for cell culture (336 h), a live staining (calcein AM) and DAPI counterstain was performed on whole samples (figure 7). The samples chosen for staining were Cs–CP scaffolds in a culture with MG63 due to the fact that cell viability was highest in this cell type compared to the HOS and HDMEC culture.

Calcein AM staining (figures 7(a) and (b)) confirmed that the MG63 cells colonized the Cs–CP scaffolds to a high degree. Staining of the nuclei of MG63 after 336 h of culture was performed by DAPI, a reagent that specifically binds to DNA regions rich in thymine, giving a blue staining 7

Biomed. Mater. 8 (2013) 025002

C E Tanase et al

(a)

(b)

(c)

(d)

(e)

(f )

Figure 6. Fluorescent microscopy (Calcein AM) for Cs–CP scaffolds at 168 h cell cultured with MG63 ((a) Control, (b) Cs–CP1 and (c) Cs–CP2) and HDMEC (d) Control, (e) Cs–CP1 and ( f ) Cs–CP2) (scale bar is 100 μm). (a)

(c)

4. Conclusions

(a)

In this work, in vitro biocompatibility studies were performed for Cs–CP composite scaffolds synthesized via a biomimetic co-precipitation method. The XRD results showed that composites based on Cs and CP contain different forms of calcium phosphate (CP), with various Ca/P ratios and crystallite size as well as crystallinity similar to bone tissue. The Cs–CP composite scaffolds showed mechanical properties in the range of human trabecular bone. Cell viability studies were performed using human cells of osteoblast origin (MG63, HOS) as well as microvascular endothelial cells (HDMEC). From assays for mitochondrial activity and detection of membrane integrity, data are presented that support the possible application of Cs–CP scaffolds to bone and wound tissue engineering. Assessment of VEGF expression (secreted protein) was performed and the results suggest that Cs–CP scaffolds could be a good substrate with respect to the support of vascularization. The morphology of cells visualized by phase contrast microscopy and immunofluorescent staining investigated by CLSM clearly demonstrated that cells adhered to the biomaterials, and over a period of 14 days gave widespread colonization. Therefore, this study underscores Cs–CP composite scaffolds as a promising biomaterial for bone tissue engineering. Animal studies remain to be carried out in order to evaluate the effect of the Cs–CP scaffold on bone regeneration in vivo.

(d)

Figure 7. Confocal laser scanning microscopy imaging and cross-sections of an image series of MG63 stained with Calcein AM ((a) Cs–CP1 and (b) Cs–CP2) for viable cells (green) and DAPI staining of the nuclei of MG63 cells ((c) Cs–CP1 and (d) Cs–CP2). The images were taken at 336 h after cell seeding and demonstrate widespread colonization of the scaffolds and lack of toxicity even after 14 days of cultivation on the biomaterials.

reaction (figures 7(c) and (d)). The results indicate that the composite scaffolds Cs–CP presents a good potential as a substrate for the adhesion, spreading and proliferation of cells relevant for bone regeneration. Naturally, the next step of the investigation (to be performed in a separate in vivo study) is to elucidate whether these positive results in vitro can be confirmed in the complexity of the implantation situation, in which inflammatory processes come to bear.

Acknowledgments This paper was realized with the support of the BRAIN project—‘Doctoral scholarships as an investment in intelligence’, financed by the European Social Fund and the Romanian Government. 8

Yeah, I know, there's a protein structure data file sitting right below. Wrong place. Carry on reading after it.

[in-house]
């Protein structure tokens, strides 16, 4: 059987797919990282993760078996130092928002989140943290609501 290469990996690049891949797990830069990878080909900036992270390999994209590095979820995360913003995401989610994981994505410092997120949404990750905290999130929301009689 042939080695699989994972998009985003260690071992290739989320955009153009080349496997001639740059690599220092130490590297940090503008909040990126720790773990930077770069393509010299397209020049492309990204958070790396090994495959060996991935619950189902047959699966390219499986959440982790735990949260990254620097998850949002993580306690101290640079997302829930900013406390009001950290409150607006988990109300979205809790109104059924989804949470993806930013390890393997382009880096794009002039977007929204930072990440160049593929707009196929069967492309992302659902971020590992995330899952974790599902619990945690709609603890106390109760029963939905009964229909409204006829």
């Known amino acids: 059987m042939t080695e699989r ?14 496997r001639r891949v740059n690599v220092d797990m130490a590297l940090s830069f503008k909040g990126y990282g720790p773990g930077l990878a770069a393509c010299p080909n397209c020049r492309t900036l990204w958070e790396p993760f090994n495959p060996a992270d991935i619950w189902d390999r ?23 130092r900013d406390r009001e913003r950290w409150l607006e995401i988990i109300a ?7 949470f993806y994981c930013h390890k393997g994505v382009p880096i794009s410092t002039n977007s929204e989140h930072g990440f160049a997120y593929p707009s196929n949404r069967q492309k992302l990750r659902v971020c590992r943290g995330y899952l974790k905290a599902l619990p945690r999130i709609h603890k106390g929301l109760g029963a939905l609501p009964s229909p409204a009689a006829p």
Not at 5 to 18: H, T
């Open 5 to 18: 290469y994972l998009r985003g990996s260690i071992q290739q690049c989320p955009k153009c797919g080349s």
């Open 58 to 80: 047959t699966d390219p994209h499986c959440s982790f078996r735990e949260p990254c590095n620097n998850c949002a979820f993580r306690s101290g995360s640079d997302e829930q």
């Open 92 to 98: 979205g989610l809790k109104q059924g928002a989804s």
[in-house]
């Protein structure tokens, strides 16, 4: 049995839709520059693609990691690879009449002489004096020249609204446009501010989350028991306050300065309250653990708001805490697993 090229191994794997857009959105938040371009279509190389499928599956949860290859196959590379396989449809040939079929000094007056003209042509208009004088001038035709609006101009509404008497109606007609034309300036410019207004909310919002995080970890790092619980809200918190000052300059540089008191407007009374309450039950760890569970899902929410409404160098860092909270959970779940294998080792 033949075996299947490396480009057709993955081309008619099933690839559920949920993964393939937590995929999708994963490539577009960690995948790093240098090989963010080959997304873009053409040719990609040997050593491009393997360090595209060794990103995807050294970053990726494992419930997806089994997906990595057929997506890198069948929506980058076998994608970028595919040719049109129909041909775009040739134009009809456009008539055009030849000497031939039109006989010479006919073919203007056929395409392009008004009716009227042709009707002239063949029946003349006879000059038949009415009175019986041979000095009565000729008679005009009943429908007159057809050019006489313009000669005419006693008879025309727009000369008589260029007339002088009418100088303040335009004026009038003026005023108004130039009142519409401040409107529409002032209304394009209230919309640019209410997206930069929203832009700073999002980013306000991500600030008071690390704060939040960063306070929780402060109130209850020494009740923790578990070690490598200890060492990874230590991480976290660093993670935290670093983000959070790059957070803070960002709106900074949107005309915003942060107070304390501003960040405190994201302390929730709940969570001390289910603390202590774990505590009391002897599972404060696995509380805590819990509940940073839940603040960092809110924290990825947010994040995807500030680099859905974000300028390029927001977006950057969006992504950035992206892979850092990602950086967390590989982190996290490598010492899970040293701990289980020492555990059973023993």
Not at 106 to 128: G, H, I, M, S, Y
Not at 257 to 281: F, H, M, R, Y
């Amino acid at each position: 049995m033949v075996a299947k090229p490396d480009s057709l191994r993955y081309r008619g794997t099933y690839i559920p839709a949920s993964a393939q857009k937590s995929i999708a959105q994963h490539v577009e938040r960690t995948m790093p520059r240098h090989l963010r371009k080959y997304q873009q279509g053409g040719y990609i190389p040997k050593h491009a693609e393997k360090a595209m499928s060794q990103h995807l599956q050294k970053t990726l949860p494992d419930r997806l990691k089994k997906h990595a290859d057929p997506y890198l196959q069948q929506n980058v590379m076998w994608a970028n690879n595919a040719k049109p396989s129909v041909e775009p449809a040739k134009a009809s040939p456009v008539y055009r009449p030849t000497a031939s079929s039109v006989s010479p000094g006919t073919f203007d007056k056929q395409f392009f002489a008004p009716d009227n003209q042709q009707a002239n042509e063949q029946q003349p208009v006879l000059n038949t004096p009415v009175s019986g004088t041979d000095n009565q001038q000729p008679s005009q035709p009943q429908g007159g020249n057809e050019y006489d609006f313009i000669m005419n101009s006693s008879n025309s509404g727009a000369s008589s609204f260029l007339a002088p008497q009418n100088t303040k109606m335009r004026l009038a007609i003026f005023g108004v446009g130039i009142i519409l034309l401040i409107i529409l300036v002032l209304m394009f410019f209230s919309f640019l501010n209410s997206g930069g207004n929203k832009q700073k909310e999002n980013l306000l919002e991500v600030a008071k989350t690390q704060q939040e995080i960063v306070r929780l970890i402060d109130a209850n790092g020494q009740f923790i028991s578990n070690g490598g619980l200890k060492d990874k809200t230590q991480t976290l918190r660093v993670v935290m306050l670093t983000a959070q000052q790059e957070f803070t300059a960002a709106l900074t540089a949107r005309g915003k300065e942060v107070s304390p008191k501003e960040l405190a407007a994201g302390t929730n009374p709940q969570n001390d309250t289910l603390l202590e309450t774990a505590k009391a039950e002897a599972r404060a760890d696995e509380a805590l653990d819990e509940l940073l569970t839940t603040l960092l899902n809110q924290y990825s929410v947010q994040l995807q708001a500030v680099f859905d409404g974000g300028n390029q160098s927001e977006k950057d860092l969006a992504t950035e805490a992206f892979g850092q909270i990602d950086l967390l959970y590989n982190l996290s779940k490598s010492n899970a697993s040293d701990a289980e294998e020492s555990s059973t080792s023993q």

Biomed. Mater. 8 (2013) 025002

C E Tanase et al

References

[23] Badami A S, Kreke M R, Thompson M S, Riffle J S and Goldstein A S 2006 Effect of fiber diameter on spreading, proliferation, and differentiation of osteoblastic cells on electrospun poly(lactic acid) substrates Biomaterials 27 596 [24] Pallela R, Venkatesan J, Janapala V R and Kim S K 2011 Biophysicochemical evaluation of chitosan-hydroxyapatitemarine sponge collagen composite for bone tissue engineering J. Biomed. Mater. Res. A 100 486 (PMID: 22125128) [25] Panetta J N, Gupta M D and Longaker T M 2010 Bone regeneration and repair Curr. Stem Cell. Res. Ther. 5 122 [26] Jose M V, Thomas V, Xu Y, Bellis S, Nyairo E and Dean D 2010 Aligned bioactive multi-component nanofibrous nanocomposite scaffolds for bone tissue engineering Macromol. Biosci. 10 433 [27] Bohner M, Galea L and Doebelin N 2012 Calcium phosphate bone graft substitutes: failures and hopes J. Eur. Ceram. Soc. 32 2663 [28] Eniwumide J O, Yuan H, Cartmell S H, Meijer G J and de Bruijn J D 2007 Ectopic bone formation in bone marrow stem cell seeded calcium phosphate scaffolds as compared to autograft and (cell seeded) allograft Eur. Cell. Mater. 14 30 [29] Fellah B H, Gauthier O, Weiss P, Chappard D and Layrolle P 2008 Osteogenicity of biphasic calcium phosphate ceramics and bone autograft in a goat model Biomaterials 29 1177 [30] Murugan R and Ramakrishna S 2004 Bioresorbable composite bone paste using polysaccharide based nano hydroxyapatite Biomaterials 25 3829 [31] LeGeros R Z 2002 Properties of osteoconductive biomaterials: calcium phosphates Clin. Orthop. Relat. R 395 81 [32] Vallet-Reg´ı M and Gonz´alez-Calbet J M 2004 Calcium phosphates as substitution of bone tissues Prog. Solid State Chem. 32 1 [33] Wang Y, Zhang L, Hu M, Liu H, Wen W, Xiao H and Niu Y 2008 Synthesis and characterization of collagen-chitosanhydroxyapatite artificial bone matrix J. Biomed. Mater. Res. A 86 244 [34] Best S M, Porter A E, Thian E S and Huang J 2008 Bioceramics: past, present and for the future J. Eur. Ceram. Soc. 28 1319 [35] Riberio C C, Barrias C C and Barbosa M A 2006 Preparation and characterisation of calcium-phosphate porous microspheres with a uniform size for biomedical applications J. Mater. Sci. Mater. M 17 455 [36] Schieker M, Seitz H, Drosse I, Seitz S and Mutschler W 2006 Biomaterials as scaffold for bone tissue engineering Eur. J. Trauma 32 114 [37] Tanase C E, Popa M I and Verestiuc L 2009 Chitosan-hydroxyapatite composite obtained by biomimetic method as new bone substitute Proc. 2009 ECSIS Symp. on Advanced Technologies for Enhanced Quality of Life AT-EQUAL (Los Alamitos, CA: IEEE Computer Society) p 42–6 [38] Tanase C E, Popa M I and Verestiuc L 2012 Biomimetic chitosan-calcium phosphate composites with potential applications as bone substitutes: preparation and characterization J. Biomed. Mater. Res. B 100 700 [39] Jones J R, Tsigkou O, Coates E E, Stevens M M, Polak J M and Hench L L 2007 Extracellular matrix formation and mineralization on a phosphate-free porous bioactive glass scaffold using primary human osteoblast (HOB) cells Biomaterials 28 1653 [40] Santos M I, Tuzlakoglu K, Fuchs S, Gomes M E, Peters K, Unger R E, Piskin E, Reis R L and Kirkpatrick C J 2008 Endothelial cell colonization and angiogenic potential of combined nano- and micro-fibrous scaffolds for bone tissue engineering Biomaterials 29 4306